The Bee's past stands on the death penalty

Published: Sunday, Sep. 9, 2012 - 12:00 am | Page 4E
Last Modified: Saturday, Sep. 15, 2012 - 7:40 pm

"Some of the advocates of the abolition of capital punishment declare hanging has not checked murders in California. Hanging has not been given a fair trial in this state."
– Sept. 23, 1912

"Gov. Edmund G. Brown has made a dispassionate and sincere appeal to the Legislature for a moratorium on capital punishment in California. But as dispassionate and sincere as his message may be, it makes an unconvincing case for suspending or repealing the death penalty."
– Feb. 4, 1963

"The voters were clearly of the opinion, in voting last November, the death penalty is a necessary deterrent of last resort. No one really relishes the thought of capital punishment. But in an era of increasing violence and terrorism it is wrong to rule out the death penalty entirely as a deterrent and to make it unavailable in extreme cases."
– Aug. 27, 1973

"Hardly any nation on earth executes the young or the retarded. We preach our constitutional protections to the rest of the world. Those protections are badly flawed if they allow the state to execute a person who cannot possibly understand the full consequences of his acts."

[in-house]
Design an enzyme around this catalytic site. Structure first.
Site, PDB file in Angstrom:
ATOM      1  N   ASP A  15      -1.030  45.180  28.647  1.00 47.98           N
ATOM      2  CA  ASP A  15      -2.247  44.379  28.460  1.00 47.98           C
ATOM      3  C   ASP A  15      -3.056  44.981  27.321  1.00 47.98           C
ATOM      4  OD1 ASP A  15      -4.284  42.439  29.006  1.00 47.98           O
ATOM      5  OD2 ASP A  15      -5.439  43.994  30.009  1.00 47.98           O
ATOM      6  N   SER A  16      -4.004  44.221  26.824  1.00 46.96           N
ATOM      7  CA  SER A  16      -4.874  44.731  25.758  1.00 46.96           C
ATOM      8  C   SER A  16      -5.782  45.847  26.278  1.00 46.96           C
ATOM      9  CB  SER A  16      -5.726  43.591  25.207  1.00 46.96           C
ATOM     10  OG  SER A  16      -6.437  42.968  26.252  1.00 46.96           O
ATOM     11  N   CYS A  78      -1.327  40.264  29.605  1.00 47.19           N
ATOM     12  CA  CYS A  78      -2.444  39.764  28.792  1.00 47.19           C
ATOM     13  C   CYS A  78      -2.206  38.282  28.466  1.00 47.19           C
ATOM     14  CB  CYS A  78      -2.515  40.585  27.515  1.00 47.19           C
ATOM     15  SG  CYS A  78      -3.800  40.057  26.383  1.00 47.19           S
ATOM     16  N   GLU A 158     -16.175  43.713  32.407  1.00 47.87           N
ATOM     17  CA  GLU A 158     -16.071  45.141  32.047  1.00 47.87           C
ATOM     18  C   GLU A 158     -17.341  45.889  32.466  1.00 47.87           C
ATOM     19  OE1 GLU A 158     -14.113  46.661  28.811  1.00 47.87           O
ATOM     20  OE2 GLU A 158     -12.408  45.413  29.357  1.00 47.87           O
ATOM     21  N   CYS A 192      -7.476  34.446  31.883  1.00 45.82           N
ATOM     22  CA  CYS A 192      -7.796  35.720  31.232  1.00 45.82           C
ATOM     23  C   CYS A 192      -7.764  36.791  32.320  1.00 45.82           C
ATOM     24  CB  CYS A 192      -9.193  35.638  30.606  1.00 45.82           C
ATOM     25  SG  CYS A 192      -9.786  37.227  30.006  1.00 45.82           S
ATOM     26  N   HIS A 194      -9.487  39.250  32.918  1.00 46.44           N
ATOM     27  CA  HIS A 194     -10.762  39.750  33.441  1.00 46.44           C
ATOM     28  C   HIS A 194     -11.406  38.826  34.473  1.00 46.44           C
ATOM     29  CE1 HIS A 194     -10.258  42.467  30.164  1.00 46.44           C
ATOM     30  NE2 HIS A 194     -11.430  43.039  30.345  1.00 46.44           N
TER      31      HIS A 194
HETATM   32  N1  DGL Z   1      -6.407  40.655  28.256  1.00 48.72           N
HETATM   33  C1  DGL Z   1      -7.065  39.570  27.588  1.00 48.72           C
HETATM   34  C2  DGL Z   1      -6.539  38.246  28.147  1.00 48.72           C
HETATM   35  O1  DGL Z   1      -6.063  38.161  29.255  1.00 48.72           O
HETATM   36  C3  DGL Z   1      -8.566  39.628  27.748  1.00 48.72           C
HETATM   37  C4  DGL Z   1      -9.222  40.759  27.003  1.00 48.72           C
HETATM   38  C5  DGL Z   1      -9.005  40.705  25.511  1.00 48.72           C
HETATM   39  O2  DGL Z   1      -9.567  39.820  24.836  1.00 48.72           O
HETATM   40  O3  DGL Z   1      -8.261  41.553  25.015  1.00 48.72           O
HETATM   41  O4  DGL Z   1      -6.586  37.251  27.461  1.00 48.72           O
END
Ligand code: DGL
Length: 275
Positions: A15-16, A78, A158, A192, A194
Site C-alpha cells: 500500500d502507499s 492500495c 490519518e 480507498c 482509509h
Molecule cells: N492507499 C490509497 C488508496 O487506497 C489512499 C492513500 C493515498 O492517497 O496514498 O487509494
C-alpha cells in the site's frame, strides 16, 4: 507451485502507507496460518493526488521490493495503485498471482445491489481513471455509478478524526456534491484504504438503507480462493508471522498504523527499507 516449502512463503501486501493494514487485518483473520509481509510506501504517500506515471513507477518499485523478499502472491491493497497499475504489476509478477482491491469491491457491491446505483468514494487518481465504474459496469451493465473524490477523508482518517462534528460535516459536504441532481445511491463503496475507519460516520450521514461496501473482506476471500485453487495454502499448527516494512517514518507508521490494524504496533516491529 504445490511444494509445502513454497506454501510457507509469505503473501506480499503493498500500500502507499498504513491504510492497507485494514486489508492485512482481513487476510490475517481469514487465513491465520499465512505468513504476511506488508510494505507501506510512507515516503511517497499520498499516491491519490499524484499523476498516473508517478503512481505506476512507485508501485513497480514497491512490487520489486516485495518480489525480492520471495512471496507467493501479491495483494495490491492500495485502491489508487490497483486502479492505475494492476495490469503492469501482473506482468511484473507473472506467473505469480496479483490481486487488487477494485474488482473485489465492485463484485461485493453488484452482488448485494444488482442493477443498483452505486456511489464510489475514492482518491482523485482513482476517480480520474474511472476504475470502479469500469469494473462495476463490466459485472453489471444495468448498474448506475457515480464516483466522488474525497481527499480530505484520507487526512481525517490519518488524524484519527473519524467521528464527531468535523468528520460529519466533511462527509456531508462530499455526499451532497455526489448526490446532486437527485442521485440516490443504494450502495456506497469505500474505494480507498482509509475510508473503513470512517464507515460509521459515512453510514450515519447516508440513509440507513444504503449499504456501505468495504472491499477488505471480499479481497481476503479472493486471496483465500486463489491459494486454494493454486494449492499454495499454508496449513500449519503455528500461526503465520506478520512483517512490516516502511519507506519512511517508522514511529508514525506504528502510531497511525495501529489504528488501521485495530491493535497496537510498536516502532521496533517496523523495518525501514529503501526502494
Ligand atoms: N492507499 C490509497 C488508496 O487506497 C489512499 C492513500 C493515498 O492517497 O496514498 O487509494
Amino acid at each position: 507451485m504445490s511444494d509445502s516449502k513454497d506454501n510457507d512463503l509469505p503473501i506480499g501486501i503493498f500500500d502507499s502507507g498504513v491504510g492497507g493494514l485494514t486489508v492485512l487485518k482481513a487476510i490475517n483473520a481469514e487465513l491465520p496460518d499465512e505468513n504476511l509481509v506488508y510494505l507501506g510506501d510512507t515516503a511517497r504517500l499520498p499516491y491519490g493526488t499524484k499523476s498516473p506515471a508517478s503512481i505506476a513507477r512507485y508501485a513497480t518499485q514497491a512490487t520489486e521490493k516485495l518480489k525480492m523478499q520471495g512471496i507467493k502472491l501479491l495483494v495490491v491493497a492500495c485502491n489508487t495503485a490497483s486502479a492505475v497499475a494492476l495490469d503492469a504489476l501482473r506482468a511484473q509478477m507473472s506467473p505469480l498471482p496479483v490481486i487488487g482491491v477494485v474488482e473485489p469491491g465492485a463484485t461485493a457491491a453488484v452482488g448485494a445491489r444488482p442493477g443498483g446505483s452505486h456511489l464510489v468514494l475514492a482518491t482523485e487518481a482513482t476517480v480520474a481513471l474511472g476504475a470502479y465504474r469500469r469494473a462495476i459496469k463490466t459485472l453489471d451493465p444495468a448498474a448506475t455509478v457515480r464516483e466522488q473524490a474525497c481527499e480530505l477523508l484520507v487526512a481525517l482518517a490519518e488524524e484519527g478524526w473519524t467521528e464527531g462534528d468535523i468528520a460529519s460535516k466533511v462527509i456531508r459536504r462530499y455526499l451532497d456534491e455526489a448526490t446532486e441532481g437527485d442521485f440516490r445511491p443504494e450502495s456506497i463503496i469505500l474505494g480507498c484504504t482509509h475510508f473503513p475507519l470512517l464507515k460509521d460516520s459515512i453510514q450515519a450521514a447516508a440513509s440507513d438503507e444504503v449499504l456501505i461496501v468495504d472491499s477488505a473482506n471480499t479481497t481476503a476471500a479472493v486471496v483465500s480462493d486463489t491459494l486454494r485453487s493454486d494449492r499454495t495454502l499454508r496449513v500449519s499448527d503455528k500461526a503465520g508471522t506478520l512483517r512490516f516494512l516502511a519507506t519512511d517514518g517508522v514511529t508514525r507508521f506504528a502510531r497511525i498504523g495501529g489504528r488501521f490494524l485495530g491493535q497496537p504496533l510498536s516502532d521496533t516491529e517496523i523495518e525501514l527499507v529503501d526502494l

– June 28, 1989

"There can be little argument that if any crime demands the death penalty, this one does. (Timothy) McVeigh's workday bombing was calculated to inflict maximum loss of life. With long premeditation and coldblooded deliberation, he brought horrible death and the gravest damage to children and adults alike – innocents caught in the terrible distortions of his mind."
– June 14, 1997

"In declaring execution of the retarded 'cruel and unusual punishment' and therefore unconstitutional, the U.S. Supreme Court has strengthened the moral underpinnings of capital punishment and reconnected the United States to the civilized nations of the world."
– June 25, 2002

"A narrow majority of the U.S. Supreme Court has wisely and compassionately ruled that the execution of defendants who were 17 and younger when they committed capital crimes is a violation of the Constitution's Eighth Amendment prohibition against cruel and unusual punishment … The decision continues a recent high court trend that has properly narrowed who can be sentenced to death in this country."
– March 4, 2005

"In California, the death penalty is conceptual. There simply are too many smart attorneys who can mount too many arguments that will persuade too many judges to place executions on hold. So long as we retain this broken system, taxpayers will be condemned to pay the price – in this instance, about $500 million for a new death row."
– Aug. 15, 2010

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